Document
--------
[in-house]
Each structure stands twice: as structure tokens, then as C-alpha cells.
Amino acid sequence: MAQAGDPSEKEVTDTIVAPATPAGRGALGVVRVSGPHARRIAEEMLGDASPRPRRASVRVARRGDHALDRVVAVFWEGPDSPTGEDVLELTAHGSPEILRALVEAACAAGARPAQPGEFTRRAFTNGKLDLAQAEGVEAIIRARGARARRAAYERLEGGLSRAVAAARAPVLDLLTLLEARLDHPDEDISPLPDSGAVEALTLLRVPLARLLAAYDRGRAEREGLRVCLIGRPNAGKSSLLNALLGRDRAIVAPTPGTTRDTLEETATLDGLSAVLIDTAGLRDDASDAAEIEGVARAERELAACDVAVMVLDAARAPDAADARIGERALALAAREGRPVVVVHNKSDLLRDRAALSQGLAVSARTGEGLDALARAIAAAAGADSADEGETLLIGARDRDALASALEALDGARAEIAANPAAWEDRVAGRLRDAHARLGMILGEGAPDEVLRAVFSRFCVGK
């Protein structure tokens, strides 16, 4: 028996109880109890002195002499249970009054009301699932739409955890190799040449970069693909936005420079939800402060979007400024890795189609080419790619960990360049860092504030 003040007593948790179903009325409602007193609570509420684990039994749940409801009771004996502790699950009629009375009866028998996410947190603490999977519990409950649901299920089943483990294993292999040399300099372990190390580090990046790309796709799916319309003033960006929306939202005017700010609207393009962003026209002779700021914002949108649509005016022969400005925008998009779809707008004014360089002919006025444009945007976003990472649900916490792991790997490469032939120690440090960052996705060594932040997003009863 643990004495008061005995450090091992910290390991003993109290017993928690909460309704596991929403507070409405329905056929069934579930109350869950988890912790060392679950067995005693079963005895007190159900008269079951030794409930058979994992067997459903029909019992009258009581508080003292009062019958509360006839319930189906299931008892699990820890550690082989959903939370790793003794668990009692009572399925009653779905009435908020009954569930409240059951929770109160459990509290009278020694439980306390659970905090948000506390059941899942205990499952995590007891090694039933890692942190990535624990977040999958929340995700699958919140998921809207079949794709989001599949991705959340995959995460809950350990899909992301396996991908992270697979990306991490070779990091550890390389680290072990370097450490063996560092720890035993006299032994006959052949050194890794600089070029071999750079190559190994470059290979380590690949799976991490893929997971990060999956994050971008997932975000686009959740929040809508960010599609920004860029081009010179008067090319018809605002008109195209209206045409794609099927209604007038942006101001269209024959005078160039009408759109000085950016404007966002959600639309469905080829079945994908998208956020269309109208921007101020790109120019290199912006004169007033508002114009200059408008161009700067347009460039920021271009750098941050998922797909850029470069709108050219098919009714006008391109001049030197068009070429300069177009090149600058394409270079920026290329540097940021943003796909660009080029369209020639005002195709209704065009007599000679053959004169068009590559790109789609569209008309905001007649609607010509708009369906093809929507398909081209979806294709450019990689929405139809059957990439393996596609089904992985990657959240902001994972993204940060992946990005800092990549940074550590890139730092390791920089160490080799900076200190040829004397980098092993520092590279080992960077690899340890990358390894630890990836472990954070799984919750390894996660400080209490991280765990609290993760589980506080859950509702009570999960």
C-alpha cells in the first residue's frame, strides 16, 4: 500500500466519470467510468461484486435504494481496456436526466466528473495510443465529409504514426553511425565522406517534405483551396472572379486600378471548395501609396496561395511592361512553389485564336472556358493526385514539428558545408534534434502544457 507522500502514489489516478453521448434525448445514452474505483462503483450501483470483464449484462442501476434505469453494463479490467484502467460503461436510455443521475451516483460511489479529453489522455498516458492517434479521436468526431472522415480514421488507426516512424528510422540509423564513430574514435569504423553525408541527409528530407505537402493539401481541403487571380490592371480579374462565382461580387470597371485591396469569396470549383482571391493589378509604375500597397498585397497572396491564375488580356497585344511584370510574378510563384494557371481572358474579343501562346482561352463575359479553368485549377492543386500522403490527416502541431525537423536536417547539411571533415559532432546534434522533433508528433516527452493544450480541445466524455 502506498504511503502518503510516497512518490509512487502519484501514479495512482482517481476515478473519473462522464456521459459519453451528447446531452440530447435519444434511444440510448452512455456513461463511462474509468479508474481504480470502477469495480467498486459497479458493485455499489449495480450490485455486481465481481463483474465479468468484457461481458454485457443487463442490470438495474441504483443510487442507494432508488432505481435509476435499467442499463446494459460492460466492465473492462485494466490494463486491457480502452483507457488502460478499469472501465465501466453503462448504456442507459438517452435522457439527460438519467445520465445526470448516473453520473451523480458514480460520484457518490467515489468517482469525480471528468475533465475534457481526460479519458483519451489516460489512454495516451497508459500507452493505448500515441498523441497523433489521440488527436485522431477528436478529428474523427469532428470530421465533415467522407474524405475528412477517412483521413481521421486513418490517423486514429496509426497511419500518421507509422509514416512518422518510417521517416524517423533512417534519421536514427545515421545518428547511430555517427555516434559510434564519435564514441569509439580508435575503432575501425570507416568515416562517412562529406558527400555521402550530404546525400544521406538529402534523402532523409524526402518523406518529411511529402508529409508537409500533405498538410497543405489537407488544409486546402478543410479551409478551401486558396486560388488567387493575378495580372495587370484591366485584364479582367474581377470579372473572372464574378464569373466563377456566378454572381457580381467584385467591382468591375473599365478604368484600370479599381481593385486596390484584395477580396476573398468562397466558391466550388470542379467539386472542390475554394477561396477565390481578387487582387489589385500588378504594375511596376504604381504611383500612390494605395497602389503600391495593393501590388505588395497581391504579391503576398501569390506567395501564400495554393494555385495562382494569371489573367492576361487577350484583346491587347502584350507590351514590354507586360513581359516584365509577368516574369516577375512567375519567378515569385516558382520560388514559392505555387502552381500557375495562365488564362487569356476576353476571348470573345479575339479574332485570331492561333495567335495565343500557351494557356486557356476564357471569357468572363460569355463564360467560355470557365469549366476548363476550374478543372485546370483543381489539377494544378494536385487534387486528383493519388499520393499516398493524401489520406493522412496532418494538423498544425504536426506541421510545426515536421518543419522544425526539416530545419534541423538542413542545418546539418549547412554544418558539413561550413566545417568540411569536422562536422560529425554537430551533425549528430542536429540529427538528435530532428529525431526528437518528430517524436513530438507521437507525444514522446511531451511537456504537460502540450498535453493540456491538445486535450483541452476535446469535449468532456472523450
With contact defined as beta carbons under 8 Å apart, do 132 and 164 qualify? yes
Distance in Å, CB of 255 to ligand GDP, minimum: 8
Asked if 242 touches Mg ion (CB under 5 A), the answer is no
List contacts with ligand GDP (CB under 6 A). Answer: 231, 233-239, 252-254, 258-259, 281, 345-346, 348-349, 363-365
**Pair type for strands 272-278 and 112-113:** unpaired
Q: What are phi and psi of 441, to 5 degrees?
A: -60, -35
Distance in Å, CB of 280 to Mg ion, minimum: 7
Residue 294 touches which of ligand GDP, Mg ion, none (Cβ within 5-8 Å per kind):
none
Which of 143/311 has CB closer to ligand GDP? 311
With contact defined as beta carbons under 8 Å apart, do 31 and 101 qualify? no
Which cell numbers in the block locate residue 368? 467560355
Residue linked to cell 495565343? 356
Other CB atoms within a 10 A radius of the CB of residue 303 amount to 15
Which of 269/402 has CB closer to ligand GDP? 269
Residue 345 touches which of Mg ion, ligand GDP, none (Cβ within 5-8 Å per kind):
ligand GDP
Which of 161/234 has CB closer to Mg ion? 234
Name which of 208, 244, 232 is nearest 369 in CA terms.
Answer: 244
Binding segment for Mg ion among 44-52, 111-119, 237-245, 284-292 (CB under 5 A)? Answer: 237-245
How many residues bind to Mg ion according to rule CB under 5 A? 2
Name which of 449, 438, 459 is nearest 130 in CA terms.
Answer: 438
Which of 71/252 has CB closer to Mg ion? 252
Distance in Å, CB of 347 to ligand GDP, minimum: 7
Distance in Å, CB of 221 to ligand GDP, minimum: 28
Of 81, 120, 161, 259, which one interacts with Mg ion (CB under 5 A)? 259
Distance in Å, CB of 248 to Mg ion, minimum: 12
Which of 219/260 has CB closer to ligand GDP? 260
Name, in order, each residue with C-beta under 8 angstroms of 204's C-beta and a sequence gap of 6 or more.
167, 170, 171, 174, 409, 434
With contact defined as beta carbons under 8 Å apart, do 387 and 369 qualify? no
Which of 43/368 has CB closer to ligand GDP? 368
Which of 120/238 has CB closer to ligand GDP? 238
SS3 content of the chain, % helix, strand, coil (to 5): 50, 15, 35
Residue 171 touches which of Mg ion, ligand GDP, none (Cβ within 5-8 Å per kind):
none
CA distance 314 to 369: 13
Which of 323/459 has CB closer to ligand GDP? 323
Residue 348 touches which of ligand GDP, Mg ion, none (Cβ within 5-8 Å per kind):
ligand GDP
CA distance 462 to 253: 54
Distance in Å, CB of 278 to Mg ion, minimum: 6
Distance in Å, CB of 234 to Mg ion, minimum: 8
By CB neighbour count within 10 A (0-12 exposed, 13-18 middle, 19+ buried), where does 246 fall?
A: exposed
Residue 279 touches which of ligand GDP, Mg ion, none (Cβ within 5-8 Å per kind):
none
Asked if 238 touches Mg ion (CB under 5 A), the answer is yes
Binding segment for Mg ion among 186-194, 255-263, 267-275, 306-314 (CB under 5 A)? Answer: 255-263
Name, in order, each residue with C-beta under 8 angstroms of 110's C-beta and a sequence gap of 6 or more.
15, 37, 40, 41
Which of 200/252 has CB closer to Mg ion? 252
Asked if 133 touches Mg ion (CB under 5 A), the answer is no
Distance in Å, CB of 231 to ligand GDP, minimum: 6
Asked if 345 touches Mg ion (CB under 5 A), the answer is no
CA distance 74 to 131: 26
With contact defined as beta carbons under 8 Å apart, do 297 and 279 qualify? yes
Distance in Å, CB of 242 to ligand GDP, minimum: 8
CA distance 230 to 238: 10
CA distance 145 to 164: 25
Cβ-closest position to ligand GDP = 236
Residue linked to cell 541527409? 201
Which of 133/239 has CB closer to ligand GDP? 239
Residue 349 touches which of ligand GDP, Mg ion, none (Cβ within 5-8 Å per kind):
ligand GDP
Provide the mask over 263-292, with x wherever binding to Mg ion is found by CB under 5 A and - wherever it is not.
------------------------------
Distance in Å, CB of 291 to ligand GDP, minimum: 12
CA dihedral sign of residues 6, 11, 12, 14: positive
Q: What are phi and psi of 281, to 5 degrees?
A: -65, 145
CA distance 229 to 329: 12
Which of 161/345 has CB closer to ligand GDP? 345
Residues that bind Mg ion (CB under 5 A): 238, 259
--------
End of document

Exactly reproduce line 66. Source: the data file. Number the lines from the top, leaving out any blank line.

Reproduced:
Distance in Å, CB of 242 to ligand GDP, minimum: 8